Vini funded 3 times on Seedrs - a total of £670k invested. At the end of last year they gave up and called in the Admin Boys. But not before one of them had set up a newco, B Wines, to phoenix the company's assets whilst off loading its tiresome creditors.
You cant really blame the system - those are the rules. Under normal conditions and with a working moral compass, these pre packs can work out to the benefit of creditors. But when you leave trade creditors with outstanding debts of around £700k, one has to question the logic, let alone the morality. The current rules cannot cope with the 21stC.
The story of the collapse is typical of ECF and is one we have repeated many times on here. Overtrading and very poor management. Chronic cash shortages and no one (stupid enough) to refinance at the last minute. The company and its assets were sold for £150k, which along with the cash, paid out the only secured creditor.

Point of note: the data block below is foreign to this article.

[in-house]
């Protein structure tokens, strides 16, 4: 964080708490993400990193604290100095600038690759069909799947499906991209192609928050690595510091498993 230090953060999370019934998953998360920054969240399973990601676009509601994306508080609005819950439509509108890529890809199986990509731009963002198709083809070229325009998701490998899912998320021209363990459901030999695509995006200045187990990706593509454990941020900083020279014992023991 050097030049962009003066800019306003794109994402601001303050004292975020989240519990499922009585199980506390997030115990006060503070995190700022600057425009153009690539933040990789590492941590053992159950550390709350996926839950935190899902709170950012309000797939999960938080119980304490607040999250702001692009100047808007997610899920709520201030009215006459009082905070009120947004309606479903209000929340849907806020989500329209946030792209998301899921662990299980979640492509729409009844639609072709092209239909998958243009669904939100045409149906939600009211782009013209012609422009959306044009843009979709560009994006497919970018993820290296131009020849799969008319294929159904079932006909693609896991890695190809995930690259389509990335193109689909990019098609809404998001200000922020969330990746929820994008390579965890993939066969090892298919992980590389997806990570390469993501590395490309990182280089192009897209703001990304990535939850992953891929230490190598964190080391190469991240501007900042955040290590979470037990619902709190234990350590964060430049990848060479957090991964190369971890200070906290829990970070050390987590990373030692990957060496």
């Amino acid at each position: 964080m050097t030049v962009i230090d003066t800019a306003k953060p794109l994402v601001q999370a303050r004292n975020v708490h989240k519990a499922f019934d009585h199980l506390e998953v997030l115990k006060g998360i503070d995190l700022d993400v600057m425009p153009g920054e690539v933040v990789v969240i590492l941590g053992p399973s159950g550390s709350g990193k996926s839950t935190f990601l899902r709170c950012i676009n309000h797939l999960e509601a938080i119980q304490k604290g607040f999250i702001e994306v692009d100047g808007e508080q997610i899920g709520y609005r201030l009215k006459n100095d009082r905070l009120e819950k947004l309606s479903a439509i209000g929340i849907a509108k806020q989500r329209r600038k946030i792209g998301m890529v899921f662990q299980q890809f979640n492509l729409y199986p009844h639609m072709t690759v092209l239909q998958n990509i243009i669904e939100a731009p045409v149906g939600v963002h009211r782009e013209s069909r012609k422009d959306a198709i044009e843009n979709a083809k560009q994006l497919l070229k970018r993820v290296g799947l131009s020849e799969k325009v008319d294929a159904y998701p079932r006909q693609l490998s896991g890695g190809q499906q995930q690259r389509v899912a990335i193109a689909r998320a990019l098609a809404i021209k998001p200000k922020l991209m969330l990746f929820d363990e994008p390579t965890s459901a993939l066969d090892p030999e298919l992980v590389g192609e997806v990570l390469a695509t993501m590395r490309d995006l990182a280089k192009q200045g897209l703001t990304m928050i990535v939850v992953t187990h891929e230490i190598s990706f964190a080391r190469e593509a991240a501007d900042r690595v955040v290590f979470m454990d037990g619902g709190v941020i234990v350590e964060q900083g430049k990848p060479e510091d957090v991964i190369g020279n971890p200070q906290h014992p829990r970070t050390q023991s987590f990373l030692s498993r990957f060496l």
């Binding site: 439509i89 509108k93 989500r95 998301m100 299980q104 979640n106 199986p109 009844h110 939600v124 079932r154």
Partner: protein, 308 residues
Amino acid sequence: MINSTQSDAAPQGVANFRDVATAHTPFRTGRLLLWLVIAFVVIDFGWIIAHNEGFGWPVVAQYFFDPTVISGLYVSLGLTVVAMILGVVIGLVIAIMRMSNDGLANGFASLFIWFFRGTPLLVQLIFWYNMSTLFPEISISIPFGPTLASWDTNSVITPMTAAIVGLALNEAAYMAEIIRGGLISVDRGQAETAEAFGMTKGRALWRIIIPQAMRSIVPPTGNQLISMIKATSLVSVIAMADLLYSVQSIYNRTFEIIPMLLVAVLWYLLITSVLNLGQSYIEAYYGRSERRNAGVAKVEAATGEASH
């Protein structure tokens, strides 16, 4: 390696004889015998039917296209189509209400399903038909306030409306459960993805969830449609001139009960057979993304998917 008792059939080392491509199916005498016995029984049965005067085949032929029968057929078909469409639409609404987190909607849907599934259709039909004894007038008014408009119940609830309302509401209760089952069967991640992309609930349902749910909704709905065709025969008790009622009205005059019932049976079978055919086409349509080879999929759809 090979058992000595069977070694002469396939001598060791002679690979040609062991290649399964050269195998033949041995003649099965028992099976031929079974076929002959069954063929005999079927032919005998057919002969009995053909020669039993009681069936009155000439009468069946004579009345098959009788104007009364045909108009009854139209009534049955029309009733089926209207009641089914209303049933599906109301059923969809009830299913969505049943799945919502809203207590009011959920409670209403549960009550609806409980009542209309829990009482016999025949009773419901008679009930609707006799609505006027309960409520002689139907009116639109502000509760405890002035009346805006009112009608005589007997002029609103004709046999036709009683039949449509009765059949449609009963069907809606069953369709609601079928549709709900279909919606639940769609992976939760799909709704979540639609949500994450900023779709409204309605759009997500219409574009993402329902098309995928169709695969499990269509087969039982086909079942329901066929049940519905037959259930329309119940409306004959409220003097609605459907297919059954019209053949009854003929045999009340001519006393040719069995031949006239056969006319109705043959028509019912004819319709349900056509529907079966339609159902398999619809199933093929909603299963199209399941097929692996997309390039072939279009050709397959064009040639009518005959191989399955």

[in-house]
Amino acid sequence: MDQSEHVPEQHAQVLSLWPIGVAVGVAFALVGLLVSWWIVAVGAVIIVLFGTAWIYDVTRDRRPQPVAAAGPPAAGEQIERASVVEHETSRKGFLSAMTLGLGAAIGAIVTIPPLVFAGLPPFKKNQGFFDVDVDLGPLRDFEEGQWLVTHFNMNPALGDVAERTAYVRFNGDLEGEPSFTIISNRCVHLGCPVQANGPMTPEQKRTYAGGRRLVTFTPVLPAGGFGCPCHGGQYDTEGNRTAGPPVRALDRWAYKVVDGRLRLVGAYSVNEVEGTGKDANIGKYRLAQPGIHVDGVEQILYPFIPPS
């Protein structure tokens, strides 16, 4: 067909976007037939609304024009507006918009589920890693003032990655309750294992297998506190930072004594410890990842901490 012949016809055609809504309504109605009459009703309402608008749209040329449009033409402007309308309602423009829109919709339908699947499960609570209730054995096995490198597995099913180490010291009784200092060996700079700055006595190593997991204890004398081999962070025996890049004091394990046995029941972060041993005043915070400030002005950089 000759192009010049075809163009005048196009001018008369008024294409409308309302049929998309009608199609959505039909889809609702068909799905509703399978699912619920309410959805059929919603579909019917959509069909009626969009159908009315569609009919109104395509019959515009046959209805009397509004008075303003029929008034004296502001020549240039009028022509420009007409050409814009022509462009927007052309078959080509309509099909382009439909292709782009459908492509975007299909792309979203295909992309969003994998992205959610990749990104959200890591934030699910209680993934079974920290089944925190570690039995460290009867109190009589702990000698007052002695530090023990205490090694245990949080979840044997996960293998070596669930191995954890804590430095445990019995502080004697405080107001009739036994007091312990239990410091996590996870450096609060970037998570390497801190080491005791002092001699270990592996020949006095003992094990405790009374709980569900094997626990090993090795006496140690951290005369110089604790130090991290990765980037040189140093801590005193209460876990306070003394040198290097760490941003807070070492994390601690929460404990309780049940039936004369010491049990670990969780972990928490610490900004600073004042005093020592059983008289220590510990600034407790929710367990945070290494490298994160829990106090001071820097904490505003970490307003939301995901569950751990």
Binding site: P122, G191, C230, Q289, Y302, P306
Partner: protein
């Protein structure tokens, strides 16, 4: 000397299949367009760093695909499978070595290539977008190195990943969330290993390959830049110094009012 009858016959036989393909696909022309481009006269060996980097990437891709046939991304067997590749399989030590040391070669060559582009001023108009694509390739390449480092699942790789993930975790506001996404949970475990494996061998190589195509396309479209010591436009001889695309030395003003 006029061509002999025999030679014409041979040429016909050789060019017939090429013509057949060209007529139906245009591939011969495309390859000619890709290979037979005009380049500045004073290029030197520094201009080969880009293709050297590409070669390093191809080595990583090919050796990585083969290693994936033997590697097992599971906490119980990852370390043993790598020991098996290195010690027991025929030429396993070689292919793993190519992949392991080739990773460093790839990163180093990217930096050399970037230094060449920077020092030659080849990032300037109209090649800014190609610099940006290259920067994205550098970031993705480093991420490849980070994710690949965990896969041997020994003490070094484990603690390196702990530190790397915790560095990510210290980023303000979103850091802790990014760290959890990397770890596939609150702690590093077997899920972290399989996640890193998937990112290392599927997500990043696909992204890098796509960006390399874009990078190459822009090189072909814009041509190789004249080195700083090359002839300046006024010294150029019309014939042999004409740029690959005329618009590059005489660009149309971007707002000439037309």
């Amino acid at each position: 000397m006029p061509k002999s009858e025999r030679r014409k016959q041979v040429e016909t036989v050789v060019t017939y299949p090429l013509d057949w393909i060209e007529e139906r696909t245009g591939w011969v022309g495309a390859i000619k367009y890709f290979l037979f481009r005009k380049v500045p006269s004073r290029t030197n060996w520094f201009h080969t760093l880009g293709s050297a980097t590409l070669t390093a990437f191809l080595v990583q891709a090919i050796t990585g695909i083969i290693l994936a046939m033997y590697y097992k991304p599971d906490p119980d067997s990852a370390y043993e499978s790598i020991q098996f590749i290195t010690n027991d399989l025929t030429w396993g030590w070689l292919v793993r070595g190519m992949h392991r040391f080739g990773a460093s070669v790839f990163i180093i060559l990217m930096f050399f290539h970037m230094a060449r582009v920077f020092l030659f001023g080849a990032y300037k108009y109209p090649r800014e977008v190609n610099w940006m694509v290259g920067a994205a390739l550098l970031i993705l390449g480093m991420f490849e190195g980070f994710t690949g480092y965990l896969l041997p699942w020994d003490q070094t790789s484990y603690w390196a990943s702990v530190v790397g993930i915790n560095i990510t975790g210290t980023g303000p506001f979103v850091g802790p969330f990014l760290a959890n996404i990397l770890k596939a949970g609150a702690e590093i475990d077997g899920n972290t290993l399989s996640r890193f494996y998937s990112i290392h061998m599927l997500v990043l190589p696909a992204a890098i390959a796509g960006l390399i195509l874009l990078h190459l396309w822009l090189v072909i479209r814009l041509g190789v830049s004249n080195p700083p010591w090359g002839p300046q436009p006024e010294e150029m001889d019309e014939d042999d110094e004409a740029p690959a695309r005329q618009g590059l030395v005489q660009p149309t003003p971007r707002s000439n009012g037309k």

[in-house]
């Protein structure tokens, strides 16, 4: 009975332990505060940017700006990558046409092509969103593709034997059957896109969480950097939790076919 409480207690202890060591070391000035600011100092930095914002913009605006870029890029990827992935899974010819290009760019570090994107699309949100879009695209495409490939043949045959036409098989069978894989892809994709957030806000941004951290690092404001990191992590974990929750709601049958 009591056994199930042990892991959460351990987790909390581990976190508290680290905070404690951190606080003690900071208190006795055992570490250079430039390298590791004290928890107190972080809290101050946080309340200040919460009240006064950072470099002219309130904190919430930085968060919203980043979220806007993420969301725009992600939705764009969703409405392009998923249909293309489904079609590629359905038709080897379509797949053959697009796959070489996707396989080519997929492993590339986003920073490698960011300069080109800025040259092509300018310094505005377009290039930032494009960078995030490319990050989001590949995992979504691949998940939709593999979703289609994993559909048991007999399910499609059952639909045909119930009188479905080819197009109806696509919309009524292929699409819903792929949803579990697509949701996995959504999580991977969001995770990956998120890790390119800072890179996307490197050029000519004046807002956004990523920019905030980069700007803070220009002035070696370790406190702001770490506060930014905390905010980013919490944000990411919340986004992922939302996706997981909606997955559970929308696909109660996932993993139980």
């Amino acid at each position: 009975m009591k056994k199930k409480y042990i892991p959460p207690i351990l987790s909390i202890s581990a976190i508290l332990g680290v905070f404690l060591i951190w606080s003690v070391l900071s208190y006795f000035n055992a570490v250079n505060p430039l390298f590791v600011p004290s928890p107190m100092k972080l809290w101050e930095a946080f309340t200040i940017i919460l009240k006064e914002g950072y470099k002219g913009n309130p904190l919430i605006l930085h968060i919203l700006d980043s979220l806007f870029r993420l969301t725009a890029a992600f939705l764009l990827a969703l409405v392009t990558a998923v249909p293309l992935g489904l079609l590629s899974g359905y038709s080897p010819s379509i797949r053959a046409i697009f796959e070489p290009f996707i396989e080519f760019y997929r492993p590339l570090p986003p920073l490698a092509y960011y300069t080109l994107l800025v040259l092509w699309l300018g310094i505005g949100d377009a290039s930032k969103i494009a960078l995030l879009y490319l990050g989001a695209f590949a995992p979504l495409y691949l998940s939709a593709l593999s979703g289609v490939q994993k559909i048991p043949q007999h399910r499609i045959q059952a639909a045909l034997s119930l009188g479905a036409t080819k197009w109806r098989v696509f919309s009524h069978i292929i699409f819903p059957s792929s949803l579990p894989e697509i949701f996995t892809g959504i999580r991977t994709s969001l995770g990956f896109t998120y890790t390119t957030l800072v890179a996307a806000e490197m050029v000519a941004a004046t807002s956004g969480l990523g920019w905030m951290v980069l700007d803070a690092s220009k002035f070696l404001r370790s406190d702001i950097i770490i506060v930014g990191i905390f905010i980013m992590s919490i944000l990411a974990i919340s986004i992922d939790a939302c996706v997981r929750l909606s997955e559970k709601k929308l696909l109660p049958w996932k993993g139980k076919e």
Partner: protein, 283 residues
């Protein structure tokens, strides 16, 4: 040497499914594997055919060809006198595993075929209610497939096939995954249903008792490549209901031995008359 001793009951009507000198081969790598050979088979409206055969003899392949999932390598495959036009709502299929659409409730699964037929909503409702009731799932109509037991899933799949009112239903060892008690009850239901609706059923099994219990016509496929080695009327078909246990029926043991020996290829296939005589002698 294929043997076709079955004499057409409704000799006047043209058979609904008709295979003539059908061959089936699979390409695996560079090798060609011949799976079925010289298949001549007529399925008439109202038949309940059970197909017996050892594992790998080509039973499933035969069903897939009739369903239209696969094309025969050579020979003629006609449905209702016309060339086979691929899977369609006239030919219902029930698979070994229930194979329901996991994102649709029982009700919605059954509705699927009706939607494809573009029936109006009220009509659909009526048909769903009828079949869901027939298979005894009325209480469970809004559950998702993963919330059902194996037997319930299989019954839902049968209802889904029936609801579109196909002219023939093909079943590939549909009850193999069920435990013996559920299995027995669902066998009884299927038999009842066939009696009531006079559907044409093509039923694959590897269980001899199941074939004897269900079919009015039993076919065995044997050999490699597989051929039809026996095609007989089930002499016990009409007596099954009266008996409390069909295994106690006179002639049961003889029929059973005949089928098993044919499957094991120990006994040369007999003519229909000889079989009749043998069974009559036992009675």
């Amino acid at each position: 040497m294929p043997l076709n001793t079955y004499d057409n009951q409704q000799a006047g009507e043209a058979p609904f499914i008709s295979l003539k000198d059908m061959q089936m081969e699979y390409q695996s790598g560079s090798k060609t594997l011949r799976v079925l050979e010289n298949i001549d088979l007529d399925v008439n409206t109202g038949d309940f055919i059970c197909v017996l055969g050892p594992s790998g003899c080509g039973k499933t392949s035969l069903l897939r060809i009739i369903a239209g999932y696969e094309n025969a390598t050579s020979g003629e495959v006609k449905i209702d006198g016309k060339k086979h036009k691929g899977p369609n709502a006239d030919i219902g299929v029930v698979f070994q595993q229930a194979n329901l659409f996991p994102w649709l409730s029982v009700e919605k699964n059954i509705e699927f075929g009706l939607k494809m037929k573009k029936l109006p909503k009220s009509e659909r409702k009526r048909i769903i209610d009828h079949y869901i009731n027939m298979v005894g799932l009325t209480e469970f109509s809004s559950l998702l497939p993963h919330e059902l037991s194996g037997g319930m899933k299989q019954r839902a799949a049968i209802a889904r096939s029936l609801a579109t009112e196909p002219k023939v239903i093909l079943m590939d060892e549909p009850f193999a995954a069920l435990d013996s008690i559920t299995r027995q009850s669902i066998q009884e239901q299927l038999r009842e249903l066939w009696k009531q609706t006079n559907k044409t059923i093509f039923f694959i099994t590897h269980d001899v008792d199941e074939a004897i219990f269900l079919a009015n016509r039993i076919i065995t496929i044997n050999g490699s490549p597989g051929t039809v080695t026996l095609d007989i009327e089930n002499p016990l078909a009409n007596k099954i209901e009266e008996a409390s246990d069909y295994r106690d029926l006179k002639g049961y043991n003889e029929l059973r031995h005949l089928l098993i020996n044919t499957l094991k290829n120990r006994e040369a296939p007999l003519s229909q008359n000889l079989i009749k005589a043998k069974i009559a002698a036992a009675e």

But the CEO was looking to do this before it happened and was told by the administrators that they had to market the company first! Instead of closing the loss making, most recent unit, he just shoved the whole thing, its creditors and investors, in the bin. Waited a few weeks for his offer to be the only one available and hey presto Sig. Cernecca is now the proud owner of a debt free company. Meanwhile pages worth of creditors, large and small, are scratching their heads wondering why they have lay off staff.
In the end all of this was facilitated by Seedrs, an FCA regulated ECF platform. Three times. In fact the administrators report identifies the exact action which put Vini in real trouble. In 2017, just after the final raise on Seedrs, they opened another unit in Greenwich. What was projected as a quick profit turning unit, was a disaster. People in Greenwich, it turned out, had a lower average spend than in Covent Garden and South Ken. Who knew that? Before this, the company was starting to make some progress, albeit slow. The capex and losses in Greenwich sank the lot.
The lesson has to be that investors must be more savvy, they need to know that they doing. And platforms have to be willing to say no to a company like Vini, which had already been twice, when the company situation at the start of 2017 was obviously highly precarious. That means they have to be willing to give up their commission for the greater good. Is that ever likely under the current rules? No. It sure does make a joke out their claims to be diligent.